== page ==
A Traditional Finnish Juhannus at the Hart House Farm

This blog post is about Finland, the Hart House Farm, life and love. Now, you're probably wondering what these things have in common, so I'll explain. I've mentioned the Hart House Finnish Exchange in a previous post, but for those of you who aren't keeping up with the "Emily-The-Summer-Blogger Canon", I'll elaborate. The Hart House Finnish Exchange is a unique exchange program that has been running for 60 years. (Actually we're celebrating our 60th Anniversary on July 16th!) It's the oldest established cultural exchange program in Canada. It runs on a cycle of two years, so two summers ago, I bid Toronto adieu for to explore Helsinki with in the company of seven other University of Toronto students. Part One: Finland This year, eight Finnish students have invaded Canada. And I could write tomes about the many amazing parts of the exchange. (The unique community that is created by having previous exchangers organize programming, the self-discovery that goes along with living abroad, the interesting and global view that you gain from exposing yourself to another culture, another language, and another way of life...) And hey, maybe I will write those tomes one day. But I won't right now, because my sickly-sweet gushings and going-ons would give all of you lovely people cavities. So here's the breakdown:
  • Eight Finnish students are currently in Toronto, sponsored and hosted by Hart House and my exchange group.
  • In Finland, Juhannus is the holiday that marks mid-summer. It's celebrated the second weekend in June. Helsinki literally clears out for the weekend, as everyone heads to a cottage with a sauna and a lake.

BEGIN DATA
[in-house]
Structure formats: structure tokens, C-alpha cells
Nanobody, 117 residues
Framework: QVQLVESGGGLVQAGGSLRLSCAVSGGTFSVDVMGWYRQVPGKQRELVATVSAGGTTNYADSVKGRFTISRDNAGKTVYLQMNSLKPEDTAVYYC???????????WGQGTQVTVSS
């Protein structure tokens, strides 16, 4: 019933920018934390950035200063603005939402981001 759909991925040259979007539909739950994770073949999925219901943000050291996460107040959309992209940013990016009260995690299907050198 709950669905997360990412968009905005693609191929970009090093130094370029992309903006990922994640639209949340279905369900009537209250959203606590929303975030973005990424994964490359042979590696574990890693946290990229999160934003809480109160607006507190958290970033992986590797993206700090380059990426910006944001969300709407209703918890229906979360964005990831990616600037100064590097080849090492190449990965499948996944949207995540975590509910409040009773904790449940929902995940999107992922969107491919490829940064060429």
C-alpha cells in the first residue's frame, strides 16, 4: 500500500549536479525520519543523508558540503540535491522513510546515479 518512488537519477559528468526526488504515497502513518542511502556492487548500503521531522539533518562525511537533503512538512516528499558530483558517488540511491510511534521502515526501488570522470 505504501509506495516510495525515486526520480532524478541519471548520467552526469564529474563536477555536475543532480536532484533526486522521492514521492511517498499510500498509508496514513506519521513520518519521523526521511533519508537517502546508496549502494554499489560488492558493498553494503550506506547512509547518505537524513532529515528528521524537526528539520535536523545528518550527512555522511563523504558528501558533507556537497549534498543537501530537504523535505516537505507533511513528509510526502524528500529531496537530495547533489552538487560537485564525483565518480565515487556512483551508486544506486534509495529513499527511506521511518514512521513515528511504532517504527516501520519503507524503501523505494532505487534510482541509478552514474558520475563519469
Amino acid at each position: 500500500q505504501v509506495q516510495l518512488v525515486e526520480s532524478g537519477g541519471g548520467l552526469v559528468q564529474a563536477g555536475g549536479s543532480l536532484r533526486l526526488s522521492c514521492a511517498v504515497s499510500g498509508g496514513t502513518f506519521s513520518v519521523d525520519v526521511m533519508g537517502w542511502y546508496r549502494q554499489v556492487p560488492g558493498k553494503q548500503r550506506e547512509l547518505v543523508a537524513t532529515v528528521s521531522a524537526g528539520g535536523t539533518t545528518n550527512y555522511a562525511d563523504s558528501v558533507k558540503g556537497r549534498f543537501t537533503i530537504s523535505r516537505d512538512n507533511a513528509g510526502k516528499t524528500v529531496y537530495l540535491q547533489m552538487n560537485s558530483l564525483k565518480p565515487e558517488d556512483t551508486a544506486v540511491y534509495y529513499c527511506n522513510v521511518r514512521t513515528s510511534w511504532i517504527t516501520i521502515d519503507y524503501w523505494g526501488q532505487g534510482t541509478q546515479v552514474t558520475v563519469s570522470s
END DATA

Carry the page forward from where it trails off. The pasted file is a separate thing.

• Oh right, the sauna. What does that have to do with Finland? Fun fact to impress your friends with: "sauna" is actually the only word in English that derives from Finnish. A traditional Finnish sauna is kind of like a steam room, except for if it's really traditional, it's a wood-burning sauna. Basically, you sit in a sauna and throw water on heated stones and relax in the heat. And if you're really doing it right, you go straight from the sauna to jump into a lake.
So blah, blah, blah, that's all great for you, Emily, but what does this have to do with us, the poor students who weren't lucky enough to go on the Hart House Finnish Exchange? (Although I should mention that more students from U of T will be off to Finland in the summer of 2014, which means that the application period will be in the fall of 2013.) Part Two: The Hart House Farm Well, I got a much-needed taste of Finland upon visiting The Hart House Farm this past weekend, and celebrating Juhannus with my favourite Finnish exchange students. We sang Finnish songs, we explored the forest, we made a huge meal on the outdoor barbecues, and we went to the sauna and jumped fearlessly into the pond, despite the rain. (Seriously, it only costs $20 a night to crash at the HH Farm, and ANY Hart House member can book the space by calling 416.971.2343 or emailing farm.harthouse@utoronto.ca.) The Hart House Farm Committee also organizes events at the farm sporadically throughout the year.